The Ravens were the first team in NFL history to win a postseason game in which it trailed by seven-or-more points with so little time remaining in the fourth quarter. The previous record was held by the Dolphins, who in the 2000 postseason, trailed this team by seven points until scoring a touchdown with 34 seconds left in the fourth quarter; Miami then won in overtime, 23-17. The losing team…..the Indianapolis Colts, which means Peyton Manning was the losing quarterback in that game as well
If you taped the game, go back and watch the coin flip prior to overtime, all you need to know about how this one was going to turn out was how Manning reacted as he stood there and waited for the officials to provide the rules. Head down, hands in his warmer, he never returned a look to Ray Lewis who confidently stared at Manning and called “heads” and won the toss in doing so.
How improbable was it that the Ravens even reached the second coin toss, according to ESPN Stats & Information’s win probability model, Denver had a 97.2 percent chance of winning the game before Flacco hit Jones with the Baltimore Bomb.
This is may be Ray Lewis last ride but the 2013 post-season is turning out to be Joe Flacco’s playoffs. His three touchdown passes at Denver on Saturday - covering 59 yards with a first-quarter toss to Torrey Smith, 32 yards on a strike just before halftime to Smith, and 70 yards on the pivotal fourth-quarter connection to Jacoby Jones, tied the NFL single-game postseason record for most touchdown passes gaining 30-or-more yards.
Seven other players have done that, with the last one, ironically, being none other than Peyton Manning, who also did it against the Broncos, in a 41-10 win for the Colts nine years ago, with two long scoring tosses to Brandon Stokley and one to Marvin Harrison.
The last player who had a pair of touchdown passes of 50-plus yards in a postseason game was Daunte Culpepper, who hit Randy Moss for 53- and 68-yard scores in a victory over the Saints in January 2001.
Flacco is now 5-4 in road playoff games. Peyton’s brother, Eli Manning (5-1) is the only other quarterback in NFL history who has won as many as five road postseason starts as a visiting player (neutral-site games not included).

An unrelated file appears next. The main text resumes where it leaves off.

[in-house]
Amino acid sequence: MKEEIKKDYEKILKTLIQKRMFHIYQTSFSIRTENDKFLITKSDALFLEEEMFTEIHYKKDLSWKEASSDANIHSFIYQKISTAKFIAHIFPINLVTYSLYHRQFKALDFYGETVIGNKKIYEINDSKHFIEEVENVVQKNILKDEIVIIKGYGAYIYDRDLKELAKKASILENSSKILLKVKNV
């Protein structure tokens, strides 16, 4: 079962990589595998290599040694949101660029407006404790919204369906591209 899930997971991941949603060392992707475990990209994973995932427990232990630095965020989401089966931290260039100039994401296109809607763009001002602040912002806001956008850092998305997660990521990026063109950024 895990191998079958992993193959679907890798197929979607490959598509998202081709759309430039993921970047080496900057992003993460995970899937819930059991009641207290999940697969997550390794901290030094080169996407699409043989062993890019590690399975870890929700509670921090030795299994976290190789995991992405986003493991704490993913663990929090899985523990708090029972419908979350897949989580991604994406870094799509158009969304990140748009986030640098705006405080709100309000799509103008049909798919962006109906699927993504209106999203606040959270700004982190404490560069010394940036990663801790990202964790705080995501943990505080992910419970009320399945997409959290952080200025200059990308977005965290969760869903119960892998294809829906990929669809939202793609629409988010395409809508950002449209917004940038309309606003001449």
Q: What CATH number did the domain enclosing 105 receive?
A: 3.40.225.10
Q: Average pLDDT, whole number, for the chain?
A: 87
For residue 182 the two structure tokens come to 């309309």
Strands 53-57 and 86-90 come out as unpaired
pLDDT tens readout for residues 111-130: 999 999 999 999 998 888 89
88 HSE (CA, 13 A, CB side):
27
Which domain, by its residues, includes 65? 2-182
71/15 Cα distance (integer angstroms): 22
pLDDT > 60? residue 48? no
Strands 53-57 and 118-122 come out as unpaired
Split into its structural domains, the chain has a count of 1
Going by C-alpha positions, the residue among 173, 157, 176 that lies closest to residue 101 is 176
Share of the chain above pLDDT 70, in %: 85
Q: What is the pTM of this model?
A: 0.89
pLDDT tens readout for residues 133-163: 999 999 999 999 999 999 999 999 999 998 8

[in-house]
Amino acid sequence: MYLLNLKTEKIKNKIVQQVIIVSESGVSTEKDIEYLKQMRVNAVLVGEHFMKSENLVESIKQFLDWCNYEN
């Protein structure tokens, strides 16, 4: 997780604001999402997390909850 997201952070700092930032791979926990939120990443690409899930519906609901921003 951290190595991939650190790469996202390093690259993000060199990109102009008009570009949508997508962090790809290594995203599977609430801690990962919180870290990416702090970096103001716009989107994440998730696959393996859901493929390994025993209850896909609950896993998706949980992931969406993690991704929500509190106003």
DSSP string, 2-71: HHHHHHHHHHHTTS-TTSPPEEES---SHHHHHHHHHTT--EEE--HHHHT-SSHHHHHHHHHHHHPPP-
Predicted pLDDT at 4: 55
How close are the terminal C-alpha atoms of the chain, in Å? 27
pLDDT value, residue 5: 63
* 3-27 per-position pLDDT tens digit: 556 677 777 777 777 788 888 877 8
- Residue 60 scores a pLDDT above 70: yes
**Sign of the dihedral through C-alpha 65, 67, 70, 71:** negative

Flacco is their top rated passer so far in the playoffs. Last week’s vs. Manning’s former team, Flacco had 12 completions for 282 passing yards. The only other quarterback since 1960 to have at least as many yards on that few completions in a postseason game was Tim Tebow for the Denver Broncos against the Pittsburgh Steelers last season. Tebow also happens to be the last Broncos QB top win a post-season game. Just thought I would add that one.
So far this post season, the Ravens fifth year signal caller has 30 completions for 613 yards and five touchdowns with no interceptions. If you are keeping score at home and I know you are, that is an astounding 20.4 yards per completion.
According to Alan’s simple math, Flacco is averaging 39.8 yards per touchdown completion. While his completion percentage (52.6 percent) is unbearable to look at, his 63.6 percent post-season winning percentage and now three trips to the AFC Championship game, make it easy to tolerate.
This past season, the long ball was a valuable and destructive part of the Ravens offense. Flacco and company produced 72 offensive plays of 20-or-more yards this season, setting a franchise record. Additionally, the Ravens threw 41 passes gaining at least 25 yards, a figure that ranks as the most in Ravens single-season history and second in the NFL.
The biggest turning point of Saturday night’s game, aside from the 70-yard touchdown pass, came on a pass where Flacco needed a lot of touch and guts to complete. On third and 13 with 6:01 remaining in the first overtime, from his own three-yard line, Flacco stepped up in the pocket, which was in the end zone and threw a beautiful pass to tight end Dennis Pitta, who earns a helmet sticker for his catch of the 24-yard pass and important Ravens first down.
After two Ray Rice runs and an incomplete pass, the Ravens ended up punting but they managed to flip the field. Punting from their own end zone would have given the Broncos excellent field position. Despite missing a 50 plus yard field goal earlier in the game, Denver kicker Matt Prater is one of the best in the league at home and his range at Sports Authority Filed is about 55 to 60-yards. Tempting fate twice would likely have ended the game and sent the Ravens home losers.
CAMERON VS. CALDWELL